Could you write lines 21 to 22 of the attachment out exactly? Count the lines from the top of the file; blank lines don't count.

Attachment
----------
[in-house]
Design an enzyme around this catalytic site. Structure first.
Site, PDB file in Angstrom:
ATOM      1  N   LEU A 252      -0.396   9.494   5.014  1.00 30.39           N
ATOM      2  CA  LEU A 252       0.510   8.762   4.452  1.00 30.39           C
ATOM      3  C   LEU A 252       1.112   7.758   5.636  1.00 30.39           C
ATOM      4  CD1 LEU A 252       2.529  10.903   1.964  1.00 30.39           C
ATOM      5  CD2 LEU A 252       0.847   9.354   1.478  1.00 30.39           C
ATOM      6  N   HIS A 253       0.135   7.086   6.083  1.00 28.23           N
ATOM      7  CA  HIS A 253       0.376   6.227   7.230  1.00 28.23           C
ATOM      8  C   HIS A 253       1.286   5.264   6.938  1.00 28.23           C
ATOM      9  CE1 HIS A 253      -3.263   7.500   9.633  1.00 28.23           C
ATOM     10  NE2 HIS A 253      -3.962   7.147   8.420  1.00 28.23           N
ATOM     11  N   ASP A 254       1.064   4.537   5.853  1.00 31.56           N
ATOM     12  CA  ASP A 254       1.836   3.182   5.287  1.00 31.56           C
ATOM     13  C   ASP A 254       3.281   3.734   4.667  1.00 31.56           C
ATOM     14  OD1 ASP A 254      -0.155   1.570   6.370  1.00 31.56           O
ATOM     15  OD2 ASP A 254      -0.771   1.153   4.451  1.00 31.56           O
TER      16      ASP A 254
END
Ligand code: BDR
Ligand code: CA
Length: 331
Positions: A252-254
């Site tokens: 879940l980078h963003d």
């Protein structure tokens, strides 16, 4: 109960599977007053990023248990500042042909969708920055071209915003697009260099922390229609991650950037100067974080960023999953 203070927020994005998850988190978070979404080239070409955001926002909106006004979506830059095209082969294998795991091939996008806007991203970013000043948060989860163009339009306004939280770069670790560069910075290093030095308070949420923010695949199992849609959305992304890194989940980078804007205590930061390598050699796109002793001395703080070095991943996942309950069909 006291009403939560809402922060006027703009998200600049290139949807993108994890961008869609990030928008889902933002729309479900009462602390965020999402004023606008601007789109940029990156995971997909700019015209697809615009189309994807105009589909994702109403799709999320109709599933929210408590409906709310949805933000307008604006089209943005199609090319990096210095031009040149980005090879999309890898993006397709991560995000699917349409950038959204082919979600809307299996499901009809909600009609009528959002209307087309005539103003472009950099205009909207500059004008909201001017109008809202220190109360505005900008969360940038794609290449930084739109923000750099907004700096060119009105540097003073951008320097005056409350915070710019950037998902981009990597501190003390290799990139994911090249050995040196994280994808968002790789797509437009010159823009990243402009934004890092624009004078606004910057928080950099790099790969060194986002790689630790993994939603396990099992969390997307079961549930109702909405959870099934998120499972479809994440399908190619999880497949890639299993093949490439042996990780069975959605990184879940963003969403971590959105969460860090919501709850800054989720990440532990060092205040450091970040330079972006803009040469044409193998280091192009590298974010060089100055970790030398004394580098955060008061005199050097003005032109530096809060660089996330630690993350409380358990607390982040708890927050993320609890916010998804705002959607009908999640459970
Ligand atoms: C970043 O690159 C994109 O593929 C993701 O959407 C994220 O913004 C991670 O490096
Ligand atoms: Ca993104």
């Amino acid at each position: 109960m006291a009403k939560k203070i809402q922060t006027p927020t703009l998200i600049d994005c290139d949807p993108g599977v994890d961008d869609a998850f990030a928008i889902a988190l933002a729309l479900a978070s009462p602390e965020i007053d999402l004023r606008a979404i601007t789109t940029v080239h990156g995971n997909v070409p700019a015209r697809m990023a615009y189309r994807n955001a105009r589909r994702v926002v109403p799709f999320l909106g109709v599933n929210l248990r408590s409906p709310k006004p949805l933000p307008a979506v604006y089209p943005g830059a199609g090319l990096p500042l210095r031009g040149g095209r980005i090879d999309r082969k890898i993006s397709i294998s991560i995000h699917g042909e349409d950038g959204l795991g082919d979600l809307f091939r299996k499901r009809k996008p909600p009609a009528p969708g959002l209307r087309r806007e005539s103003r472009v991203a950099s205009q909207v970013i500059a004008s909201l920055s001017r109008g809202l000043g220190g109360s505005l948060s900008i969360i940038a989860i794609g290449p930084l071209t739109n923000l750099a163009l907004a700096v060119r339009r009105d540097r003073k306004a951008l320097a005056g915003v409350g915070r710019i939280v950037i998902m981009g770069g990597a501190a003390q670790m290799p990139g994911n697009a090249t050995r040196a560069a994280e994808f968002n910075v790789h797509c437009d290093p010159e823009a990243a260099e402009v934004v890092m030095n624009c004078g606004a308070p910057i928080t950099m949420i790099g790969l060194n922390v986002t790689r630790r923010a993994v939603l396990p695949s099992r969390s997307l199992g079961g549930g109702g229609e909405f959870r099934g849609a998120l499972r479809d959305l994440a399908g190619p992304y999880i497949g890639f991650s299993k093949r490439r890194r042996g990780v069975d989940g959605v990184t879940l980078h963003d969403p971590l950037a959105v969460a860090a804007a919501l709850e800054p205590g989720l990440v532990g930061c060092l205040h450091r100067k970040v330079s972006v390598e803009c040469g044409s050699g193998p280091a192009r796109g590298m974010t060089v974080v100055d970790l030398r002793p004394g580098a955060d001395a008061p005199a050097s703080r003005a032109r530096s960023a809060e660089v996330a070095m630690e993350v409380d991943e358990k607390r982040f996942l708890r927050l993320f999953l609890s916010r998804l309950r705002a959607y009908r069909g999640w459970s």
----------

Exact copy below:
Ligand code: BDR
Ligand code: CA